Defending against social engineering can be a challenge since the attacks can occur via email, SMS, instant messaging services, social media networks, websites, SMS, and over the phone, and hybrid phishing attacks are unlikely to be detected by traditional cybersecurity solutions. The key to defending against these attacks is to implement multiple layers of defenses, update policies and procedures to close security gaps, and provide regular security awareness training to the workforce.

HC3 suggests the following steps to improve defenses against social engineering attacks:

Improving defenses against social engineering in healthcare. Source: HC3

To protect against hybrid phishing attacks, smishing, and vishing, security awareness training is key.

  • Regular security awareness training should be provided – multiple times a year. Consider modular CBT training courses to fit training into busy healthcare workflows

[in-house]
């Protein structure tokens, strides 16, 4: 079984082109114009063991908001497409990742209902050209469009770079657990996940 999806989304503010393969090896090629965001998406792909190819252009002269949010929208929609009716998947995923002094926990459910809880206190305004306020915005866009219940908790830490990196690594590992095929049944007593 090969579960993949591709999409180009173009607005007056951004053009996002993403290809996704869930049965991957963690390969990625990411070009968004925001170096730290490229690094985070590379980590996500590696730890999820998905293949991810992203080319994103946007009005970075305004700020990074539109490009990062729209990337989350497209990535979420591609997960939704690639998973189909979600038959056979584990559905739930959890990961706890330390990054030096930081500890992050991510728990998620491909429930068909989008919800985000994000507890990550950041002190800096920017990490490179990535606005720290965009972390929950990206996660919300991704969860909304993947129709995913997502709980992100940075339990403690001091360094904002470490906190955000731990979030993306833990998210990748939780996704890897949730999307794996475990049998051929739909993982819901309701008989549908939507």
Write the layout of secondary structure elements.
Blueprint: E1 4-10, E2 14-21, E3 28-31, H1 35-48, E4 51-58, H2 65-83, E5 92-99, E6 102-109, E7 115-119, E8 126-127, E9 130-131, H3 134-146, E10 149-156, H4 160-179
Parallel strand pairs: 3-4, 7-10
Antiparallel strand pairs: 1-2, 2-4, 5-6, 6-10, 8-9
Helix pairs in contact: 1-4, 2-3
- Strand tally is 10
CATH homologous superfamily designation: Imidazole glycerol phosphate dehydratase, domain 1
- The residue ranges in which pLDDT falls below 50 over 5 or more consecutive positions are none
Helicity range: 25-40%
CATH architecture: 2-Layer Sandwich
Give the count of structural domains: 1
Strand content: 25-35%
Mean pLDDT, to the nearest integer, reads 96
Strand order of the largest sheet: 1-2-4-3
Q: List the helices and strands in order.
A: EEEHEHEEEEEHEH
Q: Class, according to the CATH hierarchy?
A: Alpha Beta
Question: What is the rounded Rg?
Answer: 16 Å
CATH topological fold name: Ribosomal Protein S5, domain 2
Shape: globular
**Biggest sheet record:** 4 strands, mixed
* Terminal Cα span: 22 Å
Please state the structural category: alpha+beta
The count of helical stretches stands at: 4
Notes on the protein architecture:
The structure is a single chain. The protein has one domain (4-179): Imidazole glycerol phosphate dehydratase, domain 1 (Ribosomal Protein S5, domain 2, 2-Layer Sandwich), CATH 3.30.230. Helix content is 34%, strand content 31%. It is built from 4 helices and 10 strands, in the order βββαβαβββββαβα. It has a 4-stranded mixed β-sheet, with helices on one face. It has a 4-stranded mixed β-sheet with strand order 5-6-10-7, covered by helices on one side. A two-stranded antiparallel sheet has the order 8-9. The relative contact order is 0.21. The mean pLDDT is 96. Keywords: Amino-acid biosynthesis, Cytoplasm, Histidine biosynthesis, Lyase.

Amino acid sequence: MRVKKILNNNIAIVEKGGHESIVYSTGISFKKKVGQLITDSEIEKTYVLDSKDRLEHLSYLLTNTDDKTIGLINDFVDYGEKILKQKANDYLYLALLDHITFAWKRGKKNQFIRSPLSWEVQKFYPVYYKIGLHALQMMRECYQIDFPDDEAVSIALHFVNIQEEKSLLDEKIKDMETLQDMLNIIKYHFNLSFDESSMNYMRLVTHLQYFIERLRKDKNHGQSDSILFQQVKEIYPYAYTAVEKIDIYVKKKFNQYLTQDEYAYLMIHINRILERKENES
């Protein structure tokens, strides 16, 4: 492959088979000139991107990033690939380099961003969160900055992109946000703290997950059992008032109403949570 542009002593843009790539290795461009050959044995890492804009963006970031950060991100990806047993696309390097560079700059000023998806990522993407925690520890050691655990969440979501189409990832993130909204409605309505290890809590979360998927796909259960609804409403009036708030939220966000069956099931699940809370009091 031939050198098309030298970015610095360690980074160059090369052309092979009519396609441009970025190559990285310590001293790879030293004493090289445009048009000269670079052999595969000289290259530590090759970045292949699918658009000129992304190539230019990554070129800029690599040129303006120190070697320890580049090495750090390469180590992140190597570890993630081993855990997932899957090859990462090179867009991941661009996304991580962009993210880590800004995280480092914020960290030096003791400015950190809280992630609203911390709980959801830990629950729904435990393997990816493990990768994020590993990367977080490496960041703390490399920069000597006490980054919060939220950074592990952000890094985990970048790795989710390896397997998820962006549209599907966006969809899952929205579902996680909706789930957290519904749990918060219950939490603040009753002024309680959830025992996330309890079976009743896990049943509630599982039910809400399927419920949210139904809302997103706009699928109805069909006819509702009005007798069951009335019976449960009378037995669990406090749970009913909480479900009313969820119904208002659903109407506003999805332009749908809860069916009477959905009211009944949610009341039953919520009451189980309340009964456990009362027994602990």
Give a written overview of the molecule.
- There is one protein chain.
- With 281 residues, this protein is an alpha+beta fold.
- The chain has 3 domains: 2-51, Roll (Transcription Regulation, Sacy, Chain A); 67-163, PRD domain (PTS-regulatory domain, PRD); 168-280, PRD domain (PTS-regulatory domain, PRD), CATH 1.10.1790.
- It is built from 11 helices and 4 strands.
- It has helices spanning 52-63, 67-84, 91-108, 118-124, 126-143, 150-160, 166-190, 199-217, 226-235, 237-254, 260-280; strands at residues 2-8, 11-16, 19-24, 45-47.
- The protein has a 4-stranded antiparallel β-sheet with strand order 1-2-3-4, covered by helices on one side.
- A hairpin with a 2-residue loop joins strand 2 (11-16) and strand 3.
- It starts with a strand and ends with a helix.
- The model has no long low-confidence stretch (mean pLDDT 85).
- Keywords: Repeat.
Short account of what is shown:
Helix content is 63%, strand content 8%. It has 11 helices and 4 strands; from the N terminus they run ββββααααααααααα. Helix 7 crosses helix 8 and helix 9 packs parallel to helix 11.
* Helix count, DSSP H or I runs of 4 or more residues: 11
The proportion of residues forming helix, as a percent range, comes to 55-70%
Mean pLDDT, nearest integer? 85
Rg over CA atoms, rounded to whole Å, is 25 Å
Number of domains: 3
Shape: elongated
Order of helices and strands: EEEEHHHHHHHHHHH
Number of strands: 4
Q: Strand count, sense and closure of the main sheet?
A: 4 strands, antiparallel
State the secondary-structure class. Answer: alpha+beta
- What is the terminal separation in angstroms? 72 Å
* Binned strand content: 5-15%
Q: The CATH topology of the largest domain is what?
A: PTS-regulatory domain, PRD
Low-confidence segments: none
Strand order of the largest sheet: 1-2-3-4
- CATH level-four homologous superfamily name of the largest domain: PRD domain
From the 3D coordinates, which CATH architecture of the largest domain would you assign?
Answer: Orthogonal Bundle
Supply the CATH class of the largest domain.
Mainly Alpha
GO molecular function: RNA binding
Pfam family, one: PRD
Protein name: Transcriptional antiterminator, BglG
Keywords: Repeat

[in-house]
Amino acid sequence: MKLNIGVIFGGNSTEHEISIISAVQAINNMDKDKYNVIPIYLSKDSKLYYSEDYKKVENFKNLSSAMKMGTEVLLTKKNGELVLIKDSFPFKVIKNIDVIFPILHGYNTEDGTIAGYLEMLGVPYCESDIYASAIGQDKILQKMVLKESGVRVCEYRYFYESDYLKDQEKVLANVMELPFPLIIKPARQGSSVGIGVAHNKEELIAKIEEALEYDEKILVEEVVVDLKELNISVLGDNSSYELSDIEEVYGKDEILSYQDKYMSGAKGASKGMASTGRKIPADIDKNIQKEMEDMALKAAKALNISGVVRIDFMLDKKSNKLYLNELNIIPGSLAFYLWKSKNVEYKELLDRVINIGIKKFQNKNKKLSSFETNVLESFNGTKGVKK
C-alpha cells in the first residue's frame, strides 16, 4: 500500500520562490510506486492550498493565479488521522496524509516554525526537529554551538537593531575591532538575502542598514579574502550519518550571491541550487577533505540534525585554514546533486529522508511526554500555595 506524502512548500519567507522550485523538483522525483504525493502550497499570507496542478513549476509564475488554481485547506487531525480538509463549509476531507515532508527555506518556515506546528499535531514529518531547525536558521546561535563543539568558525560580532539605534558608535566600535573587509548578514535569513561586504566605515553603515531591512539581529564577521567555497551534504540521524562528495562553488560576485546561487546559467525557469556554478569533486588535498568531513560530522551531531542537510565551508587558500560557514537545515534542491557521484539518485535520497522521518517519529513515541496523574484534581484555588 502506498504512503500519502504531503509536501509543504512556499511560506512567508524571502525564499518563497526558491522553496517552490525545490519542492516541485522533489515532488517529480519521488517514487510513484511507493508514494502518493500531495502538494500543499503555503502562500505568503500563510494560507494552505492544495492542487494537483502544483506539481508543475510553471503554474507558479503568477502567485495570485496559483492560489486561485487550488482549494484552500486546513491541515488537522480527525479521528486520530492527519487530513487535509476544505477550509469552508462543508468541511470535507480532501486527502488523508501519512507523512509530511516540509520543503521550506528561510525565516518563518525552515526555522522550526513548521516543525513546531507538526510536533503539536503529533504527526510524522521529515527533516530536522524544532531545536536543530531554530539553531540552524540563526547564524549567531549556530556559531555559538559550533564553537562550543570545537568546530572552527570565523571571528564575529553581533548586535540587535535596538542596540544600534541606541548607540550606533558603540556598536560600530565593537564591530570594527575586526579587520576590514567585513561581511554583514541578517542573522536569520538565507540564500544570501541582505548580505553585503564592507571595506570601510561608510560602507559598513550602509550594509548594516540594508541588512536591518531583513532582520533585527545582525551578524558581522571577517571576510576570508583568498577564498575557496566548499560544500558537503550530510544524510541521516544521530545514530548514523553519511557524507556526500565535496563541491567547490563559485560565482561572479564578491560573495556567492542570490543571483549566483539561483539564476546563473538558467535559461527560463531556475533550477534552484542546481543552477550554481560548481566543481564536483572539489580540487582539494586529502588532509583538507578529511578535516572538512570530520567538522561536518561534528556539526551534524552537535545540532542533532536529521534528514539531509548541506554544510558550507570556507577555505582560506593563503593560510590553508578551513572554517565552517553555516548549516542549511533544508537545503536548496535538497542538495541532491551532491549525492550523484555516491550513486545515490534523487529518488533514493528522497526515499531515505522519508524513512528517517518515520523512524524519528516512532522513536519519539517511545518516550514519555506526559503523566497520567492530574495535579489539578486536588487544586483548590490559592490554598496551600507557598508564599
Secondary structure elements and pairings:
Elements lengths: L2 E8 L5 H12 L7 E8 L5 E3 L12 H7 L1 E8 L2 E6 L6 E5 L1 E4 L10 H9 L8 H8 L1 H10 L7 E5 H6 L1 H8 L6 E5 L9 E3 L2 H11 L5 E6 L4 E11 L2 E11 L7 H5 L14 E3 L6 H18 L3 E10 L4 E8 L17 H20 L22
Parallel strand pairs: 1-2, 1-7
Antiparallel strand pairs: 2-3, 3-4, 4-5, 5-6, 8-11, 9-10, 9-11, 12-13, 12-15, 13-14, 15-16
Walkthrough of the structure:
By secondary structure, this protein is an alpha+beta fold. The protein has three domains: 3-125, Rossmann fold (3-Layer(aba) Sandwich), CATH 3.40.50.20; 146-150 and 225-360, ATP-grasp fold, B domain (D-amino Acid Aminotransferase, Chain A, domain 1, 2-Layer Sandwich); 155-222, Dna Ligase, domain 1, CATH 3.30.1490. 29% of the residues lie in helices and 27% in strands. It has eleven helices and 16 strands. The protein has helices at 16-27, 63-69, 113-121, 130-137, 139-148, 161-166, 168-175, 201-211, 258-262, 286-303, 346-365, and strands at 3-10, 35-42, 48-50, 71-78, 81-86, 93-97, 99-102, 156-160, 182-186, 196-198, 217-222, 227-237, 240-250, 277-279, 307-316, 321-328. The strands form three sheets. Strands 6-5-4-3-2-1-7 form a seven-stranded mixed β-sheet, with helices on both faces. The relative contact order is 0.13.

• Keep employees abreast of the latest campaigns targeting the sector, including the latest health-related themes such as COVID-19 and Monkeypox
  • Instruct employees to confirm receipt of an email from a known sender via a trusted communication method or contact
  • Secure VoIP servers and look for evidence of existing compromise (such as web shells for persistence)
  • Block malicious domains and other indicators associated with campaigns
  • Consider switching your organization’s MFA setting or configuration to require a one-time password (OTP) versus a push notification to mitigate MFA fatigue
  • Conduct phishing simulation exercises on the workforce, including hybrid phishing simulations

Further information:

HC3 Analyst Note – Vishing Attacks on the Rise

HC3 – Impact of Social Engineering on Healthcare Organizations

Author: Steve Alder is the editor-in-chief of HIPAA Journal. Steve is responsible for editorial policy regarding the topics covered on HIPAA Journal. He is a specialist on healthcare industry legal and regulatory affairs, and has several years of experience writing about HIPAA and other related legal topics. Steve has developed a deep understanding of regulatory issues surrounding the use of information technology in the healthcare industry and has written hundreds of articles on HIPAA-related topics.